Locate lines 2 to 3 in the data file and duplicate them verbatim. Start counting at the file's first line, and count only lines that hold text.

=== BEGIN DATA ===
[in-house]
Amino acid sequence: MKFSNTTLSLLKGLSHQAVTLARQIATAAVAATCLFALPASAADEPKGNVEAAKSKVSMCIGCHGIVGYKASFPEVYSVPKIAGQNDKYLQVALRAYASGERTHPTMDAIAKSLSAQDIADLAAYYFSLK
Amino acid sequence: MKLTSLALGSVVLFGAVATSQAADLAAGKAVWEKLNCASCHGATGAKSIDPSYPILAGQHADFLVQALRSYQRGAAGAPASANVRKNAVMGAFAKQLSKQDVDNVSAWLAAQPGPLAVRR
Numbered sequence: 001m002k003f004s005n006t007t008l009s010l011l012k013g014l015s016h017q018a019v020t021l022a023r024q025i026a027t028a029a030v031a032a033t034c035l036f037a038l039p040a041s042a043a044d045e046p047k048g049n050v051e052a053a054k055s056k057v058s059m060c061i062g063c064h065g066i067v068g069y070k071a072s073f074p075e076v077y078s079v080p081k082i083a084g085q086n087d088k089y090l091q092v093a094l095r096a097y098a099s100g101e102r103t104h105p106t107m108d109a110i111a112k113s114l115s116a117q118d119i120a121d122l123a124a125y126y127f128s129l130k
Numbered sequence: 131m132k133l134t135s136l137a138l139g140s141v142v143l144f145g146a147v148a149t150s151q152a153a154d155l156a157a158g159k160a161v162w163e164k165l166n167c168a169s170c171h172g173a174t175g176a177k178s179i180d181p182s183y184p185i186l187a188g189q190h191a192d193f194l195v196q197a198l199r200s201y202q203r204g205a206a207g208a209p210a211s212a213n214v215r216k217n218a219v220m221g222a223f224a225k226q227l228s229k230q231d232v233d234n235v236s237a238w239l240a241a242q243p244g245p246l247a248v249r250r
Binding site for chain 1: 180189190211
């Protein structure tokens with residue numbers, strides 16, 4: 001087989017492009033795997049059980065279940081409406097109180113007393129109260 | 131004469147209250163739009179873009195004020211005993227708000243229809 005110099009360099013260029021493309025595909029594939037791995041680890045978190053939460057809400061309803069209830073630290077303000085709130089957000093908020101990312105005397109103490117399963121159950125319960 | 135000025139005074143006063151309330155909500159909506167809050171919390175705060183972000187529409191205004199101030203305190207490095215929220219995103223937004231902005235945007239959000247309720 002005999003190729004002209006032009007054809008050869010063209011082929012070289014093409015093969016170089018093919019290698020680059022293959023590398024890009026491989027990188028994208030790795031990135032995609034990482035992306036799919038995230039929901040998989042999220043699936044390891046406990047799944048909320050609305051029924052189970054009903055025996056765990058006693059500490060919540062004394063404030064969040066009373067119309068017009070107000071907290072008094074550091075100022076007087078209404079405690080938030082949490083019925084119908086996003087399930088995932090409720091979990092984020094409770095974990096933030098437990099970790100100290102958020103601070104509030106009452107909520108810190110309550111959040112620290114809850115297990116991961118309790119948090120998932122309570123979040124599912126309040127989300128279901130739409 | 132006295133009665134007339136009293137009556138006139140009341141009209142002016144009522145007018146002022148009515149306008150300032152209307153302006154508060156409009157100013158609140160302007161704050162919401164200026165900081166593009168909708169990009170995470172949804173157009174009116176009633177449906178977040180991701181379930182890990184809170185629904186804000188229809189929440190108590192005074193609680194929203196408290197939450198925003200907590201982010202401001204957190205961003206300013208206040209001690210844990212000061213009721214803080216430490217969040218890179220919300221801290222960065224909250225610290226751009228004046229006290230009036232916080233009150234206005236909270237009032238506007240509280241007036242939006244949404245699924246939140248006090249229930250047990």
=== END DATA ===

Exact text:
Amino acid sequence: MKFSNTTLSLLKGLSHQAVTLARQIATAAVAATCLFALPASAADEPKGNVEAAKSKVSMCIGCHGIVGYKASFPEVYSVPKIAGQNDKYLQVALRAYASGERTHPTMDAIAKSLSAQDIADLAAYYFSLK
Amino acid sequence: MKLTSLALGSVVLFGAVATSQAADLAAGKAVWEKLNCASCHGATGAKSIDPSYPILAGQHADFLVQALRSYQRGAAGAPASANVRKNAVMGAFAKQLSKQDVDNVSAWLAAQPGPLAVRR